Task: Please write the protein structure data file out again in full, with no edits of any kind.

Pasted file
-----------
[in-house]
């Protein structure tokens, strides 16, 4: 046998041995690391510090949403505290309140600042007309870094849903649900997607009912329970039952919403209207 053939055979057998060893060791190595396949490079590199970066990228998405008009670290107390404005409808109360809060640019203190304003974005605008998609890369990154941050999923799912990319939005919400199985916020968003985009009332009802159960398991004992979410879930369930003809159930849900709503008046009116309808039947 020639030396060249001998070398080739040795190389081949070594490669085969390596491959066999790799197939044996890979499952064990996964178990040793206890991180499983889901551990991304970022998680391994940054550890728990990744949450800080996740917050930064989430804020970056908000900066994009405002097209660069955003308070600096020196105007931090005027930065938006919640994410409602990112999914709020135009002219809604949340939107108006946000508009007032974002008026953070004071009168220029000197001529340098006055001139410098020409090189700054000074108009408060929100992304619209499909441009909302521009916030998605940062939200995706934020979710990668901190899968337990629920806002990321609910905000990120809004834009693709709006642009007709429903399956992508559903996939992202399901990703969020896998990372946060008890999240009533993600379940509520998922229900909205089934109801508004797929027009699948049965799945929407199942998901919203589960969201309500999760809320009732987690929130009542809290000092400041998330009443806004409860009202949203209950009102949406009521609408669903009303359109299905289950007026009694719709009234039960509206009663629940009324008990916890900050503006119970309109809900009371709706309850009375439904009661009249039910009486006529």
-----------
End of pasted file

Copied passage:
[in-house]
């Protein structure tokens, strides 16, 4: 046998041995690391510090949403505290309140600042007309870094849903649900997607009912329970039952919403209207 053939055979057998060893060791190595396949490079590199970066990228998405008009670290107390404005409808109360809060640019203190304003974005605008998609890369990154941050999923799912990319939005919400199985916020968003985009009332009802159960398991004992979410879930369930003809159930849900709503008046009116309808039947 020639030396060249001998070398080739040795190389081949070594490669085969390596491959066999790799197939044996890979499952064990996964178990040793206890991180499983889901551990991304970022998680391994940054550890728990990744949450800080996740917050930064989430804020970056908000900066994009405002097209660069955003308070600096020196105007931090005027930065938006919640994410409602990112999914709020135009002219809604949340939107108006946000508009007032974002008026953070004071009168220029000197001529340098006055001139410098020409090189700054000074108009408060929100992304619209499909441009909302521009916030998605940062939200995706934020979710990668901190899968337990629920806002990321609910905000990120809004834009693709709006642009007709429903399956992508559903996939992202399901990703969020896998990372946060008890999240009533993600379940509520998922229900909205089934109801508004797929027009699948049965799945929407199942998901919203589960969201309500999760809320009732987690929130009542809290000092400041998330009443806004409860009202949203209950009102949406009521609408669903009303359109299905289950007026009694719709009234039960509206009663629940009324008990916890900050503006119970309109809900009371709706309850009375439904009661009249039910009486006529």